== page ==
“That is landscape: not a place you live in, but a place that lives in you” (77).
From childhood, I had my sense of place that lives within me today— my grandmother’s farm. It wasn’t a desert but it was an area of southeastern Colorado where the nearest town had a small grocery store, one stop light and a convenience store. The convenience store only came about in the last ten years too.
Big Bend, as it’s called, is the landscape within me. The leaves’ shadows dance on the juxtaposed cement stair case in the creek bed. Who knows where the staircase came from, but its placement is ideal. Laying on it looking through the branches at the sun was the closest feeling to “Heaven” I imagined. The trickling stream nearby played a soft melody that warmed my heart and calmed me, as my body enjoyed the conducted heat from the warm cement.
My grandmother always insisted not to mess with the water from the stream, and until now I didn’t realize it was because of the fertilizers and pesticides of the modern farm.
The farm had acres of alfa-alfa. The plane that sprayed the chemicals buzzed through the fields sporadically, and stirred up animals on the farm down the road. The sounds of peacocks resembled psychotic banshees, but I will never forget that noise. Her land has natural gas deposit and her farmer kept his horses on the land. My sister Kay and I were never bored there. We played in the hand-built chicken coop, the old pig house down the worn road from the natural gas area, and when we decided to be mischievous we climbed into my grandma’s camper because that’s where we weren’t supposed to play!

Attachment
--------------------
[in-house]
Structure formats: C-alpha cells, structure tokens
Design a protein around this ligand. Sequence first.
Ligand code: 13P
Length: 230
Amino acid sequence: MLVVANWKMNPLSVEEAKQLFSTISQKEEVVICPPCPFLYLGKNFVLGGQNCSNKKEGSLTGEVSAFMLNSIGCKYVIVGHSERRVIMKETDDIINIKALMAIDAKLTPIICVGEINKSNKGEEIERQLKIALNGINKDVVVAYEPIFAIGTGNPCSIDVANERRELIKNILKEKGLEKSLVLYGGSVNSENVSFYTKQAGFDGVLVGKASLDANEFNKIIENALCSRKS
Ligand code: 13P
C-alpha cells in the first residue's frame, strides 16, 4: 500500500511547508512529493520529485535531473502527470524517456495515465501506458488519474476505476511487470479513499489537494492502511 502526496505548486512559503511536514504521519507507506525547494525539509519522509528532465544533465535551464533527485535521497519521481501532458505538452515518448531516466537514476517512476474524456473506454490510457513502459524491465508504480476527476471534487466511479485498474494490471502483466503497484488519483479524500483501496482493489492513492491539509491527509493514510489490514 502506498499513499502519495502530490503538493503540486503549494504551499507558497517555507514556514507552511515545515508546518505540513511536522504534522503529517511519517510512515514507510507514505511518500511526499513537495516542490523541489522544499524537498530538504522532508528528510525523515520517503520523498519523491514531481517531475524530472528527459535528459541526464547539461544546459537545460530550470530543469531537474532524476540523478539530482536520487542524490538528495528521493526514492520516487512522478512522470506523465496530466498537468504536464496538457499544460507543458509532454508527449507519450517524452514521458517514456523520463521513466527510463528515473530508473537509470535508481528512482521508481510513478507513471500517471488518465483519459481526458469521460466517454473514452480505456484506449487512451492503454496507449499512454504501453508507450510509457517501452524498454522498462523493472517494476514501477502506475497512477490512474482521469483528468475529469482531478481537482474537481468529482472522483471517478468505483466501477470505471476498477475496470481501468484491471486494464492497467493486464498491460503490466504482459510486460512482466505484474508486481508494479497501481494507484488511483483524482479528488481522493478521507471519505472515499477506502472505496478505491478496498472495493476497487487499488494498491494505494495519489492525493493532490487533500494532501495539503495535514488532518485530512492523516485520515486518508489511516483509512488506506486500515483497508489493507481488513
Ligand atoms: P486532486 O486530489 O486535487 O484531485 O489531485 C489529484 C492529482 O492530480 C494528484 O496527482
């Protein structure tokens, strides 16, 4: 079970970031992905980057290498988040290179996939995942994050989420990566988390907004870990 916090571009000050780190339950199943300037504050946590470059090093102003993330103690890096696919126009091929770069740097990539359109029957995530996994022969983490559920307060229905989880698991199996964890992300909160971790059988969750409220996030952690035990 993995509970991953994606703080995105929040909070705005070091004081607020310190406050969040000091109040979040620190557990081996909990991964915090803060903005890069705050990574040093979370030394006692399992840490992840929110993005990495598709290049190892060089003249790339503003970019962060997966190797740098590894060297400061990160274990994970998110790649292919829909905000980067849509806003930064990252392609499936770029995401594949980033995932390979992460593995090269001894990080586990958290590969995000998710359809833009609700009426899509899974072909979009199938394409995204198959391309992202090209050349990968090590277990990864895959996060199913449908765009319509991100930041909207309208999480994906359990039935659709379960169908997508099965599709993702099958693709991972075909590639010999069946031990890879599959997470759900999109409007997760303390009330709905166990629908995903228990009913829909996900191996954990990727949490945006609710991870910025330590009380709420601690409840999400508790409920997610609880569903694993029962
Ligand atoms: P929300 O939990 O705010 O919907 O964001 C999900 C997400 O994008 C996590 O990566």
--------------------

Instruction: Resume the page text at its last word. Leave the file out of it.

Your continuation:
On the farm, my solitude feels tranquil. I do agree that not all solitude is inner peace, but “aloneness is a condition of life” (74).
I may not enjoy the darkness or being alone, but I appreciate the landscape living within me wherever I may roam.